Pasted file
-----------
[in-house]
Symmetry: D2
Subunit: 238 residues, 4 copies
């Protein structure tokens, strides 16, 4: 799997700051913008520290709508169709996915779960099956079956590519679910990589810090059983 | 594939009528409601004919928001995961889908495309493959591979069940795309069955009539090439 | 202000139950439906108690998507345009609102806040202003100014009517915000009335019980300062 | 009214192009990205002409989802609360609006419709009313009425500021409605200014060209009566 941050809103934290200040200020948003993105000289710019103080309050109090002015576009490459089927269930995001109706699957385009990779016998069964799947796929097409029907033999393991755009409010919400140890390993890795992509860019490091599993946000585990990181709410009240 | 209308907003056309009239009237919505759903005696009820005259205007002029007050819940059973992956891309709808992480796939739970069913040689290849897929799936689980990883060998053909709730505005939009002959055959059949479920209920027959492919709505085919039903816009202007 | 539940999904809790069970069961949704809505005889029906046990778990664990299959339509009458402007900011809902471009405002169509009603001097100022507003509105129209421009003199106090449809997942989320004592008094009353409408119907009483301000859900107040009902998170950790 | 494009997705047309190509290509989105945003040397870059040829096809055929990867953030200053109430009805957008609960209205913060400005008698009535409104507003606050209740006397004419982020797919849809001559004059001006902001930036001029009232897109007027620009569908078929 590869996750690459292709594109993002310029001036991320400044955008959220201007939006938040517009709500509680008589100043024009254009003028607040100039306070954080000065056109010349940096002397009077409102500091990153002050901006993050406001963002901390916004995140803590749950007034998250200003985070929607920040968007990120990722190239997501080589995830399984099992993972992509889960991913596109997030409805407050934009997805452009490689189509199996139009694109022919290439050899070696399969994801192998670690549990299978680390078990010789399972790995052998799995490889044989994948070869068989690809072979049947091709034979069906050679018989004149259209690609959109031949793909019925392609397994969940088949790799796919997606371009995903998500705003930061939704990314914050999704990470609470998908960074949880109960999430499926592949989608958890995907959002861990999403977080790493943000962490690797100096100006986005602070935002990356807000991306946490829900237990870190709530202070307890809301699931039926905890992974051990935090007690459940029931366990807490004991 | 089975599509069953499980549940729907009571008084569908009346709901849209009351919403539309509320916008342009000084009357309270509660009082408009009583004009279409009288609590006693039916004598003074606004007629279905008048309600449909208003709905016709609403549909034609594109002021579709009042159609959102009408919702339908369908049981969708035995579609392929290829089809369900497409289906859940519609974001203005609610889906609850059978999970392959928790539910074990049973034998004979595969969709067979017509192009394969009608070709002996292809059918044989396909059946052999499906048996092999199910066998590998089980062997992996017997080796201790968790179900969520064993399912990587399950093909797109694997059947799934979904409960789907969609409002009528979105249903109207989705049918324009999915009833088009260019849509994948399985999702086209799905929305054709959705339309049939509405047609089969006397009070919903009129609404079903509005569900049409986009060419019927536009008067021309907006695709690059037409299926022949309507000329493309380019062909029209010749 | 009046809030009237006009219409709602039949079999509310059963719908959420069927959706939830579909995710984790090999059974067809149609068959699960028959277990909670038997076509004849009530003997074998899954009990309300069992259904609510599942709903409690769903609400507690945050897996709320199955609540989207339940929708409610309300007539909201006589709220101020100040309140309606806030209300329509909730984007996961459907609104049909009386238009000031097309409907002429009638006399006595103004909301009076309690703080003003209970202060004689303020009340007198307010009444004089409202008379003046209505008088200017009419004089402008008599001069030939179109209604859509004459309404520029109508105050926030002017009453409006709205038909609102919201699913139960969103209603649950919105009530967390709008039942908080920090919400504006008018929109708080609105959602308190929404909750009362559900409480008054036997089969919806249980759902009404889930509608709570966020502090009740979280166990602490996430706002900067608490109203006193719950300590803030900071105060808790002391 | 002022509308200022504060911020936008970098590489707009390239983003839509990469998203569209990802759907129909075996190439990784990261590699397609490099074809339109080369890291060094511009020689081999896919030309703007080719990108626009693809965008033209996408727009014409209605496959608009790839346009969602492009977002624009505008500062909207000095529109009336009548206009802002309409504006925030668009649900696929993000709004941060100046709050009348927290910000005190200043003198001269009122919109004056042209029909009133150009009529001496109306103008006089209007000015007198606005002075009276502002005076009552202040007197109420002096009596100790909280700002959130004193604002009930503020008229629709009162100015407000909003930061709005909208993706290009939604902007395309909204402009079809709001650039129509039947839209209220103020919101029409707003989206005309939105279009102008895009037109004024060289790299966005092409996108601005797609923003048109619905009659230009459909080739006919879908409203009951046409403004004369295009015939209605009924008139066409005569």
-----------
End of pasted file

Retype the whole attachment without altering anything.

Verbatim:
[in-house]
Symmetry: D2
Subunit: 238 residues, 4 copies
């Protein structure tokens, strides 16, 4: 799997700051913008520290709508169709996915779960099956079956590519679910990589810090059983 | 594939009528409601004919928001995961889908495309493959591979069940795309069955009539090439 | 202000139950439906108690998507345009609102806040202003100014009517915000009335019980300062 | 009214192009990205002409989802609360609006419709009313009425500021409605200014060209009566 941050809103934290200040200020948003993105000289710019103080309050109090002015576009490459089927269930995001109706699957385009990779016998069964799947796929097409029907033999393991755009409010919400140890390993890795992509860019490091599993946000585990990181709410009240 | 209308907003056309009239009237919505759903005696009820005259205007002029007050819940059973992956891309709808992480796939739970069913040689290849897929799936689980990883060998053909709730505005939009002959055959059949479920209920027959492919709505085919039903816009202007 | 539940999904809790069970069961949704809505005889029906046990778990664990299959339509009458402007900011809902471009405002169509009603001097100022507003509105129209421009003199106090449809997942989320004592008094009353409408119907009483301000859900107040009902998170950790 | 494009997705047309190509290509989105945003040397870059040829096809055929990867953030200053109430009805957008609960209205913060400005008698009535409104507003606050209740006397004419982020797919849809001559004059001006902001930036001029009232897109007027620009569908078929 590869996750690459292709594109993002310029001036991320400044955008959220201007939006938040517009709500509680008589100043024009254009003028607040100039306070954080000065056109010349940096002397009077409102500091990153002050901006993050406001963002901390916004995140803590749950007034998250200003985070929607920040968007990120990722190239997501080589995830399984099992993972992509889960991913596109997030409805407050934009997805452009490689189509199996139009694109022919290439050899070696399969994801192998670690549990299978680390078990010789399972790995052998799995490889044989994948070869068989690809072979049947091709034979069906050679018989004149259209690609959109031949793909019925392609397994969940088949790799796919997606371009995903998500705003930061939704990314914050999704990470609470998908960074949880109960999430499926592949989608958890995907959002861990999403977080790493943000962490690797100096100006986005602070935002990356807000991306946490829900237990870190709530202070307890809301699931039926905890992974051990935090007690459940029931366990807490004991 | 089975599509069953499980549940729907009571008084569908009346709901849209009351919403539309509320916008342009000084009357309270509660009082408009009583004009279409009288609590006693039916004598003074606004007629279905008048309600449909208003709905016709609403549909034609594109002021579709009042159609959102009408919702339908369908049981969708035995579609392929290829089809369900497409289906859940519609974001203005609610889906609850059978999970392959928790539910074990049973034998004979595969969709067979017509192009394969009608070709002996292809059918044989396909059946052999499906048996092999199910066998590998089980062997992996017997080796201790968790179900969520064993399912990587399950093909797109694997059947799934979904409960789907969609409002009528979105249903109207989705049918324009999915009833088009260019849509994948399985999702086209799905929305054709959705339309049939509405047609089969006397009070919903009129609404079903509005569900049409986009060419019927536009008067021309907006695709690059037409299926022949309507000329493309380019062909029209010749 | 009046809030009237006009219409709602039949079999509310059963719908959420069927959706939830579909995710984790090999059974067809149609068959699960028959277990909670038997076509004849009530003997074998899954009990309300069992259904609510599942709903409690769903609400507690945050897996709320199955609540989207339940929708409610309300007539909201006589709220101020100040309140309606806030209300329509909730984007996961459907609104049909009386238009000031097309409907002429009638006399006595103004909301009076309690703080003003209970202060004689303020009340007198307010009444004089409202008379003046209505008088200017009419004089402008008599001069030939179109209604859509004459309404520029109508105050926030002017009453409006709205038909609102919201699913139960969103209603649950919105009530967390709008039942908080920090919400504006008018929109708080609105959602308190929404909750009362559900409480008054036997089969919806249980759902009404889930509608709570966020502090009740979280166990602490996430706002900067608490109203006193719950300590803030900071105060808790002391 | 002022509308200022504060911020936008970098590489707009390239983003839509990469998203569209990802759907129909075996190439990784990261590699397609490099074809339109080369890291060094511009020689081999896919030309703007080719990108626009693809965008033209996408727009014409209605496959608009790839346009969602492009977002624009505008500062909207000095529109009336009548206009802002309409504006925030668009649900696929993000709004941060100046709050009348927290910000005190200043003198001269009122919109004056042209029909009133150009009529001496109306103008006089209007000015007198606005002075009276502002005076009552202040007197109420002096009596100790909280700002959130004193604002009930503020008229629709009162100015407000909003930061709005909208993706290009939604902007395309909204402009079809709001650039129509039947839209209220103020919101029409707003989206005309939105279009102008895009037109004024060289790299966005092409996108601005797609923003048109619905009659230009459909080739006919879908409203009951046409403004004369295009015939209605009924008139066409005569």